Friday Facts #260 - New fluid system

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McDuff
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Re: Friday Facts #260 - New fluid system

Alice3173 wrote:
Tue Sep 25, 2018 5:58 pm
McDuff wrote:
Tue Sep 25, 2018 3:12 pm
What behaviour would you expect on a system like this?

Code: Select all

``````IN =======J=====J========J=======J=====OUT
¦¦    ¦¦       ¦¦      ¦¦
OUT   OUT      OUT     OUT``````
Would you expect the first output to get fully satisfied before letting fluid pass, or for it to evenly split 50% of whatever was passing through it?
One like that should be 50%, 25%, 12.5%, 6.25%, 6.25% for each output going from left to right, not taking into account max throughput for the outputs. (Ie: If the pipe's throughput is much greater than what each output uses then the values would be much different.) If the algorithm goes on a per-junction basis then it'd just split the output evenly at each junction. So the first junction sends 50% to the output and 50% on to the next junction. The second junction then sends half of what remains to the next output (25%) and the other half to the next junction and so on.
This seems to be what I'd intuitively expect too, i.e. for each output to get *something* but for the first object on the chain to get satisfied first.

Now, with the theories about changing the pipes to be pressurised, to me, if that were the case, all outputs would get an even proportion of the input, so if demand >> supply every output gets 20%.

Would that make more or less intuitive sense from a gameplay perspective? Would treating a pipe network after a pump as a single "filled" section make more intuitive sense to the player or less?

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Re: Friday Facts #260 - New fluid system

pleegwat wrote:
Tue Sep 25, 2018 8:43 pm
That's the graph theory approach. Based on full physics, I'd expect resistance and inertia to at least put them closer together, though I'm being too lazy to do the math right now.
I think the full physics model would be a pressure/flow one, but it is very far from what we have in Factorio.

If we assume the resistance of pipes to be small enough (resistance*flow²<<pressure), then you would have the same pressure at all the outputs no matter the network junction configuration. Then we should have a law machine_consumption = f(pressure) and if the machines at each output are the same, they should have the same flow going into them.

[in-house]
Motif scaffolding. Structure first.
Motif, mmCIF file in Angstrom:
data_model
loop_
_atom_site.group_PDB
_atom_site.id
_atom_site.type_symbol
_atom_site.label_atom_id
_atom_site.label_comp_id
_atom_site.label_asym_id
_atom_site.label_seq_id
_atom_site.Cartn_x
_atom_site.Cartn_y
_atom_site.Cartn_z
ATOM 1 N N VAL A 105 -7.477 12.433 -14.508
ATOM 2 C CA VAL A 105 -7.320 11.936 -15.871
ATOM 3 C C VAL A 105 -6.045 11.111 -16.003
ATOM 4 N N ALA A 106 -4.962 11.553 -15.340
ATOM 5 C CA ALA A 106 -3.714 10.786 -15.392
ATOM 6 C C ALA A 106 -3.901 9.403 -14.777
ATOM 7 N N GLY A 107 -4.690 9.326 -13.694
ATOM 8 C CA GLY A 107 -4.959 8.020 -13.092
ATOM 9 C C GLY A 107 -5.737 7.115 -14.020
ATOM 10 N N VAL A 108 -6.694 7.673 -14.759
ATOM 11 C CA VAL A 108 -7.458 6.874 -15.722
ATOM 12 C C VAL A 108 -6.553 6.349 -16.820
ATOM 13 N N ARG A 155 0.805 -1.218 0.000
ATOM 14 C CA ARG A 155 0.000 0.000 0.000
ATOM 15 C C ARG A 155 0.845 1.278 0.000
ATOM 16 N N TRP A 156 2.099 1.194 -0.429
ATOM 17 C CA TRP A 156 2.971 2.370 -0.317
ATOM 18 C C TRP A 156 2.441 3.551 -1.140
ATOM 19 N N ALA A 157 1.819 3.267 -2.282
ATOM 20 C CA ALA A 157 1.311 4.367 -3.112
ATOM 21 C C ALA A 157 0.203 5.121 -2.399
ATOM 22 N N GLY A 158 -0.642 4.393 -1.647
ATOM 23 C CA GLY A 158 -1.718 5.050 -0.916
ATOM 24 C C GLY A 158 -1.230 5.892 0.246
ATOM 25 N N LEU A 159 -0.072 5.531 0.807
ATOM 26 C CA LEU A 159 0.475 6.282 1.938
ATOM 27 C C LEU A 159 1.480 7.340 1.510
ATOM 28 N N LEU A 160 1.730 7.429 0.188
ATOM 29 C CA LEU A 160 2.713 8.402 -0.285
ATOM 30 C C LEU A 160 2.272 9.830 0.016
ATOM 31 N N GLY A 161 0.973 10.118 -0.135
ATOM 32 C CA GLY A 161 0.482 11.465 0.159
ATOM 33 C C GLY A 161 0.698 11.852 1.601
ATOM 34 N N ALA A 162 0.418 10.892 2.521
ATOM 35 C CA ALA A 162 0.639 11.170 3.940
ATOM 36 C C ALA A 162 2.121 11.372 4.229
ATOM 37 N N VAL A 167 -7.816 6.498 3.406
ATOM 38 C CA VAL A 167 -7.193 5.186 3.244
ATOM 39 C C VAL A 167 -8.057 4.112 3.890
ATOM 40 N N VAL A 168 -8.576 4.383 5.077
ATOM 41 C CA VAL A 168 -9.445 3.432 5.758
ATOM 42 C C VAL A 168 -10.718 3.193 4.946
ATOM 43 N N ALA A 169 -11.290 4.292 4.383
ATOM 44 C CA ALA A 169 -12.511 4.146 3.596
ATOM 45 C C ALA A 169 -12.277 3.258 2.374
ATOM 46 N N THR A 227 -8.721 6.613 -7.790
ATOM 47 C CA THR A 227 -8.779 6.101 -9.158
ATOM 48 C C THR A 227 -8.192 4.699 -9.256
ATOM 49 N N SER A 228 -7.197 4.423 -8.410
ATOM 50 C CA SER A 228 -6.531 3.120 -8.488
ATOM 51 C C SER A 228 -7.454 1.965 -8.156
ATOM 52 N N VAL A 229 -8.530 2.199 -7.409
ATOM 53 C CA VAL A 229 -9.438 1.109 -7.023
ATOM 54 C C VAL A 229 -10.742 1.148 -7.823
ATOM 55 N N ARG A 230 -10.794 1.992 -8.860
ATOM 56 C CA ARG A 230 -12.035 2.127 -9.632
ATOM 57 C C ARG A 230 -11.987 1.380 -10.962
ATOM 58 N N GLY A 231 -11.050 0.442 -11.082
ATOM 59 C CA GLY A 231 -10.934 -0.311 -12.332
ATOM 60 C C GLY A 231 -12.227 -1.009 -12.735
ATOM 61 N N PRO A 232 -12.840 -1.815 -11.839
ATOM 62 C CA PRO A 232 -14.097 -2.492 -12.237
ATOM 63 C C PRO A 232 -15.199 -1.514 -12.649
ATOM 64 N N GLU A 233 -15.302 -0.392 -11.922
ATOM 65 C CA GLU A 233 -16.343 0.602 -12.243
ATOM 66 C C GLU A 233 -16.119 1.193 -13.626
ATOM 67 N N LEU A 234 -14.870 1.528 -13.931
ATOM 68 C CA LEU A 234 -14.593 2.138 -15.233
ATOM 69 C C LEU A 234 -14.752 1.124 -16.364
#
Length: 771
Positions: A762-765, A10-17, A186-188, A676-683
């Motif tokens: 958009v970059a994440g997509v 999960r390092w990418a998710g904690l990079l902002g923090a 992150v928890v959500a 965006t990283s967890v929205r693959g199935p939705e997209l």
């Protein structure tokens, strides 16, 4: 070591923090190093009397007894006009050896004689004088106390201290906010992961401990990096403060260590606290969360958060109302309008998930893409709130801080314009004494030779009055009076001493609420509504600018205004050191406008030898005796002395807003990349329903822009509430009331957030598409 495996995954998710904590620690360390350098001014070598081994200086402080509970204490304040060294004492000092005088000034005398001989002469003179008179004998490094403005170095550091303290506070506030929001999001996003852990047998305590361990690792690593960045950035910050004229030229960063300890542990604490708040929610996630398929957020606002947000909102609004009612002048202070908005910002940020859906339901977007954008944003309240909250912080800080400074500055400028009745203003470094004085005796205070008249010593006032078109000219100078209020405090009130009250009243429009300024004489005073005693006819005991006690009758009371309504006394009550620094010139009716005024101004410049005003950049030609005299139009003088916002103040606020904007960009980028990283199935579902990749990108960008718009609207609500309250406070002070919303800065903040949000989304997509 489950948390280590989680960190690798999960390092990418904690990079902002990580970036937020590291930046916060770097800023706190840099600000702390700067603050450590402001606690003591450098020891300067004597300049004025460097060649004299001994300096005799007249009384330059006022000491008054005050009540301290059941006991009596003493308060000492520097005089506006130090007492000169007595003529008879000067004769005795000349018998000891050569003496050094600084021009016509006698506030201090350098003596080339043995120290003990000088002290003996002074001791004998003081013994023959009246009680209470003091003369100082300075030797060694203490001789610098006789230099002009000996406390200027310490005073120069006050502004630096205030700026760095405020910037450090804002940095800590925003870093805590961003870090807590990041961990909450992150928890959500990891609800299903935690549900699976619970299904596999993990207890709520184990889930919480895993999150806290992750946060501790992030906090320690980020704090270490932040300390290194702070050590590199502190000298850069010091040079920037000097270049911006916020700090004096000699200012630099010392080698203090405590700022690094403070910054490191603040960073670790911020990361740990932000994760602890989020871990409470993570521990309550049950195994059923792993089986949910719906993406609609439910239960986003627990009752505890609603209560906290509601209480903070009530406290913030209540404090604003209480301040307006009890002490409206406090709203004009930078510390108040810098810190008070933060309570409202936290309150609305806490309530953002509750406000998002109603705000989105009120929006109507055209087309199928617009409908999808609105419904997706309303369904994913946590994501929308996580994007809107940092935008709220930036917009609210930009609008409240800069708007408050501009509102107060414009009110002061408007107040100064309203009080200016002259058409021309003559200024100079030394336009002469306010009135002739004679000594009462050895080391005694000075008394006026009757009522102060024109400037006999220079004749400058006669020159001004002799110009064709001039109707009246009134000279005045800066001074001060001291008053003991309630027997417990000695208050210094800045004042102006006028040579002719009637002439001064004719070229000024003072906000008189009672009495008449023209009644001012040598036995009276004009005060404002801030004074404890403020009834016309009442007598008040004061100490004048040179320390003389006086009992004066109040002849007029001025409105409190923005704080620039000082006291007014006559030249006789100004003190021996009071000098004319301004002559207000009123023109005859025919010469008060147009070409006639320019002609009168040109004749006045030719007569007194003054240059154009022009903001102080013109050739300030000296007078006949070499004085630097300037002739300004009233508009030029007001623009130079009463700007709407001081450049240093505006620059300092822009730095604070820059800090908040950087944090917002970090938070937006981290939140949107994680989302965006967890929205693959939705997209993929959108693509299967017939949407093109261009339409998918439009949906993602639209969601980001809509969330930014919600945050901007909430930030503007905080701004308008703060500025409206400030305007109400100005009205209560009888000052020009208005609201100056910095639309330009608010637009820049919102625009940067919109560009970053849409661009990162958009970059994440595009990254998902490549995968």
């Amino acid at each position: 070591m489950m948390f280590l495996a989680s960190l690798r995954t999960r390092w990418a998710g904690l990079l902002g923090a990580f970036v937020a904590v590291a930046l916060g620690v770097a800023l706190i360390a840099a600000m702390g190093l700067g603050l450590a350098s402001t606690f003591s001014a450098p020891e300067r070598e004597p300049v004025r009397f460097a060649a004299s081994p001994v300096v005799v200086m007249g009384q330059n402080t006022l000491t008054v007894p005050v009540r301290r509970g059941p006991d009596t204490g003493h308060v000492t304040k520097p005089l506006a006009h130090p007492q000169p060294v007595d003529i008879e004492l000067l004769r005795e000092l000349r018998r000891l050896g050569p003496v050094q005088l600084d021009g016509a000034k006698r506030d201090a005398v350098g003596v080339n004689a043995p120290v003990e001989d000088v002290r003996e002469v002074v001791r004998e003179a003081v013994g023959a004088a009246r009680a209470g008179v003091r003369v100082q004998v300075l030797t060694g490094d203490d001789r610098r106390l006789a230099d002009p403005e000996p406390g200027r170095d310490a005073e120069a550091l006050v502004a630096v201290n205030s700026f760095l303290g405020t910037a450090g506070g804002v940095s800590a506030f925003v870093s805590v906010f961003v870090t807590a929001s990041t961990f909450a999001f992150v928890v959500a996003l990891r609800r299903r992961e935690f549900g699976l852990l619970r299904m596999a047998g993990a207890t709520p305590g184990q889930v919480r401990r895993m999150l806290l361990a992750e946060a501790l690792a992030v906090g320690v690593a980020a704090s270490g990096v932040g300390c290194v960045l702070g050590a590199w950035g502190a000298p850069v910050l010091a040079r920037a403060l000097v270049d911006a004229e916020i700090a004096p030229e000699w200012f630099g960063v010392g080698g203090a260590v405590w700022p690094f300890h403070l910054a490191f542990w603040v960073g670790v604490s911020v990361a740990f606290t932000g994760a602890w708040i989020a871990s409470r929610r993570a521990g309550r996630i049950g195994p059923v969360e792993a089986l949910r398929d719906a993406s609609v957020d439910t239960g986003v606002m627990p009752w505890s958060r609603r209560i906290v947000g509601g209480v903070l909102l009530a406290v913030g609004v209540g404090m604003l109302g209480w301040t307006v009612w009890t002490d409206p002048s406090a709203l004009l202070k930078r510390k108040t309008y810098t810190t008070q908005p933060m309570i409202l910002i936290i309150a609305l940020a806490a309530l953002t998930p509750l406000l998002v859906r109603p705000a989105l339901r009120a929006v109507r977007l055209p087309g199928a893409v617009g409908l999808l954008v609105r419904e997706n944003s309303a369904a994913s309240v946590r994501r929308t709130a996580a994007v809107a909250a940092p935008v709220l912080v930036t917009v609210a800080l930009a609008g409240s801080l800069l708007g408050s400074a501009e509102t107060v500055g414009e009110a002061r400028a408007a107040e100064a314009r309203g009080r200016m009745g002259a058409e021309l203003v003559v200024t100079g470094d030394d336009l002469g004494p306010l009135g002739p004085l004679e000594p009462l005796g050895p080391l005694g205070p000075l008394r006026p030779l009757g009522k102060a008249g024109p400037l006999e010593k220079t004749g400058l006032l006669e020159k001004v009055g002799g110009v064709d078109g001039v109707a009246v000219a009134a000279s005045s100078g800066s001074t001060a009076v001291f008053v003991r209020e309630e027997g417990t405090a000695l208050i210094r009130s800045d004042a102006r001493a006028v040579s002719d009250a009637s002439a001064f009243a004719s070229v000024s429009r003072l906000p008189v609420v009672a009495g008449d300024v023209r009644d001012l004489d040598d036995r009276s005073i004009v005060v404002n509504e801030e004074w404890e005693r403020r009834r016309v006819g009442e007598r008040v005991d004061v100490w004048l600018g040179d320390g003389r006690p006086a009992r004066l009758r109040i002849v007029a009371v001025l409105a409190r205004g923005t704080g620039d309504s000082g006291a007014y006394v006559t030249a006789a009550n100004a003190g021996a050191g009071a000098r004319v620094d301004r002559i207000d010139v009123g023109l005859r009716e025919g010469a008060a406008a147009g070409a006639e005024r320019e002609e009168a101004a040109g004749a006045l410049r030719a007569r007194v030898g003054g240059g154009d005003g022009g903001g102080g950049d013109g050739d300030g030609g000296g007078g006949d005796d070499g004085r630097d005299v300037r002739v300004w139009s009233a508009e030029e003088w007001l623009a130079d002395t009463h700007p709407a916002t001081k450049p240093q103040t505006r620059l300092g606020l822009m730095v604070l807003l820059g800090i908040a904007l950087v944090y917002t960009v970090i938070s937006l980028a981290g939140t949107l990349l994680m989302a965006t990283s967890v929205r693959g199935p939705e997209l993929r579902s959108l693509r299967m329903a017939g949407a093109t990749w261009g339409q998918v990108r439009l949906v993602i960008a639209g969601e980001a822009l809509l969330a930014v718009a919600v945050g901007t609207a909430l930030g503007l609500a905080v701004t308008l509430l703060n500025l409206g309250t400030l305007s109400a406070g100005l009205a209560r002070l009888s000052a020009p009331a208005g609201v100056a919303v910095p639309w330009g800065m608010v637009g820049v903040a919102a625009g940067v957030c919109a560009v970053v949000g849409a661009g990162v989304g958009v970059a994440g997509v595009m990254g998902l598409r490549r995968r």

Then, one can take into consideration pressure loss along the pipes (which depend on how the graph is shaped) and it becomes very difficult to solve by head (but quite easy with a descent algorithm)

If the flow going into a network is too low, the pressure in the network drops and the machines consume less, which results in the network stabilization

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Re: Friday Facts #260 - New fluid system

McDuff wrote:
Wed Sep 26, 2018 8:12 am
Assume here that all outputs are unsatisfied and that any "satisfied" output backs up and becomes "closed" according to the system. I'm talking about a situation in which all outputs/sinks are demanding fluid - say 3 boilers arranged like that.
I might assume that , but it isn't that easy for the program to find out. You are talking about the easy cases and I'm talking about what happens when it gets complicated. For example on the first junction the north OUT gets 33%. What if it only needs 15% (which you find out after following that OUT into a complicated network of pipes). Now you need to backtrack and distribute the rest, 18%, to the south and straight exits of the junction. And if you have to do this backtracking redistribution for every exit, well, you are in trouble.

If we are only talking about whether that is intuitive, I think I can easily construct a case where your model fails to be intuitive, especially if you don't redistribute the 18%

McDuff
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Re: Friday Facts #260 - New fluid system